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by Jennifer Rawlings, 2019 Sue Alexander Grant Award Winner

Jennifer Rawlings photoI remember where I was sitting, red club chair in my living room, when I opened the email from SCBWI-L.A. letting me know that I had won the Sue Alexander Grant. I cried when I read the email. I was so happy that someone liked the words that I had typed in secret. I had not told anyone, not even my husband, that I was writing a YA novel.

Needless to say, he was pretty surprised when I told him I had won an award for a book he knew nothing about.

1) The prize for winning the Sue Alexander Grant is attending the SCBWI-L.A. Working Writer’s Retreat for free!

I had no idea what to expect.

I didn’t know a single person that was going to be at the retreat. In fact, on Friday morning as I sat at every red-light from Studio City to Encino, I counted the number of people I knew in the children’s book world — three.

Maybe this was mistake, I thought. Maybe there is something wrong with me and I don’t belong in this group of children’s book authors. Writing children’s books has been my secret dream ever since I learned to read.  A dream set to the side for decades, a dream that I was afraid I had to let slip through my hands.

2) The first time I heard of SCBWI

It was 2017. A friend called asking if she could stay at my house while she attended the SCBWI conference. I told her she could stay, on one condition — she needed to send me the link to the conference. I wanted to go too. I went to the 2017 conference but spent that first year hanging around the edges.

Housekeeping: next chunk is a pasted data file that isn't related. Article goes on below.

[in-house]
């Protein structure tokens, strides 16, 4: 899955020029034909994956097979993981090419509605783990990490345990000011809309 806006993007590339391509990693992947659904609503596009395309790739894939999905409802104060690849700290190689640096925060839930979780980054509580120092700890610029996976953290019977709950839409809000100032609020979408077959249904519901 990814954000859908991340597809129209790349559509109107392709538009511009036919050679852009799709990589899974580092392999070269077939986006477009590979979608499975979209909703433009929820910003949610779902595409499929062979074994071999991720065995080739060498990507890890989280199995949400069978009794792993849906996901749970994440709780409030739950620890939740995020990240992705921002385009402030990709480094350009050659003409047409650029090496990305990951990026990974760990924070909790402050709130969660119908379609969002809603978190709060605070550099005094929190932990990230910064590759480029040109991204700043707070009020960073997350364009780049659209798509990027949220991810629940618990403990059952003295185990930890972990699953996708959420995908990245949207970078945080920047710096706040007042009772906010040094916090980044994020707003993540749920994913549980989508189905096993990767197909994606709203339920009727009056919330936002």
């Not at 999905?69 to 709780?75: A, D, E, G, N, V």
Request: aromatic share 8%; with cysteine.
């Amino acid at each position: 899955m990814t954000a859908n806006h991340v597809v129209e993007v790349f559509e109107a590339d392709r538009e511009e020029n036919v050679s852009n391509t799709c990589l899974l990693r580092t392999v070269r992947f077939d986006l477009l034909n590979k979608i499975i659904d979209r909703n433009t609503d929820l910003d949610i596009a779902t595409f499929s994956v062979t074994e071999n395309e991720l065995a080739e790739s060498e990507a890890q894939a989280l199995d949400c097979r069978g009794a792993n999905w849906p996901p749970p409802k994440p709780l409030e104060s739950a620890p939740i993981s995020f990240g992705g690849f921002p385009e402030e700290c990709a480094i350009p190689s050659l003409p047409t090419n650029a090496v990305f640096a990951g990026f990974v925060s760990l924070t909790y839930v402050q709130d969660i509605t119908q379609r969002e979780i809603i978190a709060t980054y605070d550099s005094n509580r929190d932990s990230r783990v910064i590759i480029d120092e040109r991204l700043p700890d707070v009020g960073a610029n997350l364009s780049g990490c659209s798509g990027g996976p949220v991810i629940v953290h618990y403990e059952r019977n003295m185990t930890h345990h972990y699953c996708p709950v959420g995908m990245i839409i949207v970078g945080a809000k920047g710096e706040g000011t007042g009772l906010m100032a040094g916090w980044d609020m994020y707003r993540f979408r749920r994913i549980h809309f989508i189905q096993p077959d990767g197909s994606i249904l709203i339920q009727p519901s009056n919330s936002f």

At the SCBWI conference the following year is when I decided to jump into the deep end. I promised myself I would write children’s books no matter what.

Part of my commitment to myself was submitting my work for the awards and grants available at SCBWI. This was not easy for me to do. I have the same fears you do “what if no one likes it. What if it stinks?” My stomach was in knots as I read and re-read the guidelines for the Sue Alexander Grant. I knew that pushing “send” was part of the job description. So, I submitted and to my surprise — I won.JenniferRawlings_WWR_2019_2

3) The Retreat

The retreat is not a slow unwinding, guiding you toward a more productive path. It’s an intense, packed schedule of information, guidance, and encouragement.

You are placed in critique groups in your genre for the retreat. Five writers in each group with alternating faculty of agents and acquiring editors. The sessions are 65 minutes. As my fellow writers read their work aloud chills ran up my spine. I was blown away by what I was hearing.

My roommate and I became instant friends. The first night in our room, after enjoying the wine and cheese reception, we put on our PJ’s and read parts of our manuscripts to one another. She’s an incredibly talented middle grade writer- I hung on every word wanting to hear more.

Saturday was mentally exhausting with three critique groups. Karaoke was a welcome release. It was so much fun to see writers, whom were strangers 30 hours ago, break out of their shell, don a hat or feather boa, and sing Bon Jovi or Nancy Sinatra.


Sunday morning was one of my favorite elements of the retreat. Each writer read their first page aloud with a brief critique from the faculty. It was exciting to hear all the diverse and inspiring stories people were working on.

When I left Encino, I had increased the number of people I know in the children’s’ book world by twenty-fold. I exchanged emails and phone numbers with many of my new friends. My only regret is that I waited so long.

Thank you SCBWI.

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Jennifer Rawlings grew up in Salina, Kansas, went to college to study biology, and decided to become a stand-up comedian instead. In addition to cooking, cleaning, pleading with her kids to do homework, nagging her husband, and telling jokes at theatres and comedy clubs around the globe, Jennifer is finishing a new book and touring her critically acclaimed solo show “I Only Smoke In War Zones.”

Images provided by Jennifer Rawlings.